Numenius americanus
(Long-billed Curlew)

Order: Charadriiformes
Order Description: Shorebirds, Gulls, Terns
Family: Scolopacidae
Family Description: Sandpipers and Phalaropes

Physical Description:
20-26" (51-66 cm). Tall shorebird with a very long (4-8 1/2"), sickle-shaped bill. Warm buffClick word for definition-brown mottling above; brown streaking on neck and on lighter belly. In flight, shows cinnamon wing linings. Long, gray legs. Immature has a much shorter bill and less streaking on breast and throat.

Similar Species- Whimbrel, Ibis

A loud cur-lee, ascending in pitch. Also a short alarm trill kli-li-lili-lili.

Breeds from southwestern Canada, south to eastern Washington, northeastern California, Nevada, Utah, southern Colorado, New Mexico and northern Texas, and east to southwestern Kansas. Winters from central California, southern Arizona (rarely), northern Mexico, and parts of Gulf Coast states, south to southern Mexico, and irregularly to Central America.

Found in prairies and grassy meadows, generally near water. During migrationClick word for definition and in winter, also found on beaches and mudflats. In Idaho, prefers open, recently-grazed shrub steppe containing short vegetation for nesting; often feeds in agricultural areas.

Feeds on insects (grasshoppers, beetles, caterpillars, etc.). Eats some berries. During migration, also feeds on crayfishes, crabs, snails, and toads. In Idaho, grasshoppers and carabid beetles are dominant in chick diet. May probe into loose soil for insect larvae. Predation on nestling birds has been observed.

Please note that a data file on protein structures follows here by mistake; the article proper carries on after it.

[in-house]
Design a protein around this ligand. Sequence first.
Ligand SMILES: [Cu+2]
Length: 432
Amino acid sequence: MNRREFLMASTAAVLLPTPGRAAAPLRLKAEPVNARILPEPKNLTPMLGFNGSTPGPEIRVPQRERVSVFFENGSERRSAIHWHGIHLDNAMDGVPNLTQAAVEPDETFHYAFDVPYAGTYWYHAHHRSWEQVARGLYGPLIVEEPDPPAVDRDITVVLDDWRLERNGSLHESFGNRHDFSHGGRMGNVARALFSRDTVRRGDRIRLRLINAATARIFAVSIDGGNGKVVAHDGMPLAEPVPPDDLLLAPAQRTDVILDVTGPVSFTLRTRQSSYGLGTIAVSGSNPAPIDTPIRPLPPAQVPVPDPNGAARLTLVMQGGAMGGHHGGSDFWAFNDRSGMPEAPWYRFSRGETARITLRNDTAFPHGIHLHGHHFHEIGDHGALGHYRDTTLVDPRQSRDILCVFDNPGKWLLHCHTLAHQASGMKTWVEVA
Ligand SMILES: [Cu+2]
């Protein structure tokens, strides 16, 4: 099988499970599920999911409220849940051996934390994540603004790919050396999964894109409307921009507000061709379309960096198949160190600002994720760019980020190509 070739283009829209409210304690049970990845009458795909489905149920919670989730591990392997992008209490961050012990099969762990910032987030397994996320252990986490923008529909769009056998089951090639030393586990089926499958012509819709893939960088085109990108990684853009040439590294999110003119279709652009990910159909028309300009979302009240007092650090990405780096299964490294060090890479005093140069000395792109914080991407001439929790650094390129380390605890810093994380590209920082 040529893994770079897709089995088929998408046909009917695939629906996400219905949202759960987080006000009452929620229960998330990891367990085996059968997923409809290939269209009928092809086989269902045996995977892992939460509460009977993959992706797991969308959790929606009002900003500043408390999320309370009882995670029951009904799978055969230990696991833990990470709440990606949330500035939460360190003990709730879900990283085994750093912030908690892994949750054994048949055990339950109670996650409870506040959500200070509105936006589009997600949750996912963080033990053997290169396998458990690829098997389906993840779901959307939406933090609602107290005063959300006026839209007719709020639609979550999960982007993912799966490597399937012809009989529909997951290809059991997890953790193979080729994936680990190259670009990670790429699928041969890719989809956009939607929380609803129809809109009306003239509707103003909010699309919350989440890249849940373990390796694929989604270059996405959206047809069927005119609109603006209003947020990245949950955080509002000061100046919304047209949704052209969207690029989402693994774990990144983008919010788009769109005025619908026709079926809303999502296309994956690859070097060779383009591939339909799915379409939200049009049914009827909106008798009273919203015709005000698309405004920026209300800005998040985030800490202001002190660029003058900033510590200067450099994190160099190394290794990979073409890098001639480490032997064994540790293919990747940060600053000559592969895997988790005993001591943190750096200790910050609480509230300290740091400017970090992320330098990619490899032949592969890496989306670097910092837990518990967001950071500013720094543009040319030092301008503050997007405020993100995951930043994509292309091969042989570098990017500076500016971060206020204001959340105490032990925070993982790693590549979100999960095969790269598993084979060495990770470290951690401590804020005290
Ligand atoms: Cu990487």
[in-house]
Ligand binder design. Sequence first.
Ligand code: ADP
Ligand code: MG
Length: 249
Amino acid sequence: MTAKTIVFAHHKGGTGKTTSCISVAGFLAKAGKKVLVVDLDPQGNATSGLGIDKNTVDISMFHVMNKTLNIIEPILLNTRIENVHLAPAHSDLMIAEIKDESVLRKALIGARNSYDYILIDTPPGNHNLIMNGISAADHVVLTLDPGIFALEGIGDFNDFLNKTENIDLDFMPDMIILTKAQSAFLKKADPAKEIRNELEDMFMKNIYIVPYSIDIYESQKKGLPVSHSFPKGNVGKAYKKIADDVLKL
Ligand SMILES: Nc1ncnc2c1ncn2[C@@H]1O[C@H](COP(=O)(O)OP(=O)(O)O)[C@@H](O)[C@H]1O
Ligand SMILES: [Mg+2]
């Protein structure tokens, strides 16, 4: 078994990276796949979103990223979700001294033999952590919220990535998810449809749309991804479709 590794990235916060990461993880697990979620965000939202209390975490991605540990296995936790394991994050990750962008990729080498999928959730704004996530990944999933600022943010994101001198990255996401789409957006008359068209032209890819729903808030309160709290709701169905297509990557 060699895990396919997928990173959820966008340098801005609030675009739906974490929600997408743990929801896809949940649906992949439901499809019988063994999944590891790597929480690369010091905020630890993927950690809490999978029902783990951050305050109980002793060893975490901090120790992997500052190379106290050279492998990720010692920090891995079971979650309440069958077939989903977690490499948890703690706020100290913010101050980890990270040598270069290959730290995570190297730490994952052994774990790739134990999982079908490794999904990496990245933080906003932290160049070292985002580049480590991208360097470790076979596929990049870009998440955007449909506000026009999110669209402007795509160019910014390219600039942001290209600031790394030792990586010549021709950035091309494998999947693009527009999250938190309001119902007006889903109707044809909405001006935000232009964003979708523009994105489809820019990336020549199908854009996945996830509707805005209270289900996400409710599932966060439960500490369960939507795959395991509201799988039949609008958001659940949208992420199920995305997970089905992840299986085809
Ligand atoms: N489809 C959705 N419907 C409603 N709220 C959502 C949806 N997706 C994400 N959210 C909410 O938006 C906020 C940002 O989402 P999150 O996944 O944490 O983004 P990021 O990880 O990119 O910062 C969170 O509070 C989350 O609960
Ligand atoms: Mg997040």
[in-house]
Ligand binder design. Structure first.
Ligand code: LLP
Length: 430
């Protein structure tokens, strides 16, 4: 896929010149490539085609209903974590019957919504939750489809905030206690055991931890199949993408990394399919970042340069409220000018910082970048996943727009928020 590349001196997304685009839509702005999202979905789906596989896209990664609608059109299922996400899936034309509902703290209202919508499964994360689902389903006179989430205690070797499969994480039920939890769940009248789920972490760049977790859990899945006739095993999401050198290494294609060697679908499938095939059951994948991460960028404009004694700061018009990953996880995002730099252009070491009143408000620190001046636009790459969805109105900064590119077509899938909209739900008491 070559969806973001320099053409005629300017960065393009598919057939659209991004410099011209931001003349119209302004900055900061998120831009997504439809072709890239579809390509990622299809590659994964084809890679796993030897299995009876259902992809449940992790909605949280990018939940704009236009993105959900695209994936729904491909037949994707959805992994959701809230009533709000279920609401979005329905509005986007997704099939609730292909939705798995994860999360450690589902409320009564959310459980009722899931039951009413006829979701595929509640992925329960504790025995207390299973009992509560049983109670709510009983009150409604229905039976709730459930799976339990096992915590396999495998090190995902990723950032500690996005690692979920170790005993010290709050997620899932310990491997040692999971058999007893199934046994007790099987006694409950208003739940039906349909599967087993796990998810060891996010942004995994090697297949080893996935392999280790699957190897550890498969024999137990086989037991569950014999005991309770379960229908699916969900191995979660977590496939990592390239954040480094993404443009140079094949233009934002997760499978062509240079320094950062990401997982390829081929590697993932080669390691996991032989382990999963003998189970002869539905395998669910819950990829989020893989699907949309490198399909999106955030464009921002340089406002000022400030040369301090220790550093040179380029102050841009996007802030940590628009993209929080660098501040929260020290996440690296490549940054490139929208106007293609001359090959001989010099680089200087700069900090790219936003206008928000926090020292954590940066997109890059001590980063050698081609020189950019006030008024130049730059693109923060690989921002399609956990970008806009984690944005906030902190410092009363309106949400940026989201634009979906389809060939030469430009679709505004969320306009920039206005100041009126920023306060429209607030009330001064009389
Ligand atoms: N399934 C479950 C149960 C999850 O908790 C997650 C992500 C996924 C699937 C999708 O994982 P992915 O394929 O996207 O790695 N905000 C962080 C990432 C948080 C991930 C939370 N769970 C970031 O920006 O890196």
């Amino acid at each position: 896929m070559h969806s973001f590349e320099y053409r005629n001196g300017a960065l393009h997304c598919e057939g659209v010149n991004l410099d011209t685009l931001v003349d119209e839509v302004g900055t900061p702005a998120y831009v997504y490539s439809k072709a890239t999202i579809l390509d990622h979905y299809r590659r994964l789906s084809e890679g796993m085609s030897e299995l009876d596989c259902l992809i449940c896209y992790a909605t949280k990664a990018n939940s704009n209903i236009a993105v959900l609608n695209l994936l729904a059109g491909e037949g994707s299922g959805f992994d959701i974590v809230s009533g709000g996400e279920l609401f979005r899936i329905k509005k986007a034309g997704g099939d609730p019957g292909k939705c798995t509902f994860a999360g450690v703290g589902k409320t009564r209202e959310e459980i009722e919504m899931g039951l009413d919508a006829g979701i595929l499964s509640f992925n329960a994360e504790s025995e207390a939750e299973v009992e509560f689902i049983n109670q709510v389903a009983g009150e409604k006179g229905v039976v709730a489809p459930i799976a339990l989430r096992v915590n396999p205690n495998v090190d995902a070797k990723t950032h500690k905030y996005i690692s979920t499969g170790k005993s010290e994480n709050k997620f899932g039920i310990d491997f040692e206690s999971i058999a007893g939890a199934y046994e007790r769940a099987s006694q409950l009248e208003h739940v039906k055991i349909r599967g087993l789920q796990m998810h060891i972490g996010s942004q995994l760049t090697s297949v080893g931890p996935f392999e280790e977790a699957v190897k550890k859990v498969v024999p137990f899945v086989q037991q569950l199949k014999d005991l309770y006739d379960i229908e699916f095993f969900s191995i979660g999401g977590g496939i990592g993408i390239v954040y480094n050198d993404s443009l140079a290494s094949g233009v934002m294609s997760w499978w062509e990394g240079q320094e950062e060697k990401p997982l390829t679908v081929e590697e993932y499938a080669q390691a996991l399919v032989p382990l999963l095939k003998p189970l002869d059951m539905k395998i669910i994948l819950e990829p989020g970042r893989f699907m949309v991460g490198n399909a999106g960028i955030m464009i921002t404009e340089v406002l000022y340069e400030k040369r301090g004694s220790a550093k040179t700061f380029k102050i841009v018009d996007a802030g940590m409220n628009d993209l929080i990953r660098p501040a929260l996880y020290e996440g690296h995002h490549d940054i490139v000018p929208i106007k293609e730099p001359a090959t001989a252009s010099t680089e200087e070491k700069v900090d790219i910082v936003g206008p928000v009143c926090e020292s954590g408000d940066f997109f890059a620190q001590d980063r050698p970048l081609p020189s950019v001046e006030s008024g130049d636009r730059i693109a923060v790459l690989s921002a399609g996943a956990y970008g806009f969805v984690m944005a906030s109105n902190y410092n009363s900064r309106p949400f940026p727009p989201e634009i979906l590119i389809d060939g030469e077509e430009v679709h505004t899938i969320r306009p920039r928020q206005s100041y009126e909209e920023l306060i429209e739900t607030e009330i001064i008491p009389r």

Forages on ground. Idaho study found adults foraged within 10 km of their nest sites; minimum home range approached 1000 ha. Individuals buildnests on ground, frequently in depressions or on slopes. Will sometimes nest on platform. Breeding density has been reported as: about 5-7 males/100 ha in Idaho; 1 pair/6-7 km2 in Saskatchewan; up to 15 territories in 10.4 km2 in Washington In Idaho, predators include canids, mustelids, feral cats, magpies, gulls, and raptors; grazing livestock have damaged nests.

Curlews arrive in southwestern Idaho in late March. Eggs are laid over 4-7 days. clutchClick word for definition size varies from 3- 5 eggs (in Idaho, average is near 4). Incubation lasts 28-30 days; both sexes incubateClick word for definition eggs. Nestlings are precocialClick word for definition. Young are tended by both parents. Fledging lasts from mid-June until end of July, and success is greater for early nesters. By mid-August, most curlews have departed Idaho.

Element Code: ABNNF07070
Status: Protected nongame species
Global Rank: G5
State Rank: S3,NTMB
National Rank: N5B,N5N

Important State References:
Jenni, D., R.L. Redmond, and T. Bicak. 1982. Behavioral ecology and habitat relationships of Long-billed Curlews in western Idaho. USDI Bur. Land Manage. Boise District, Boise. 234 pp.

Design by Ean Harker©1999, 2000.
Written by Jason Karl, 2000.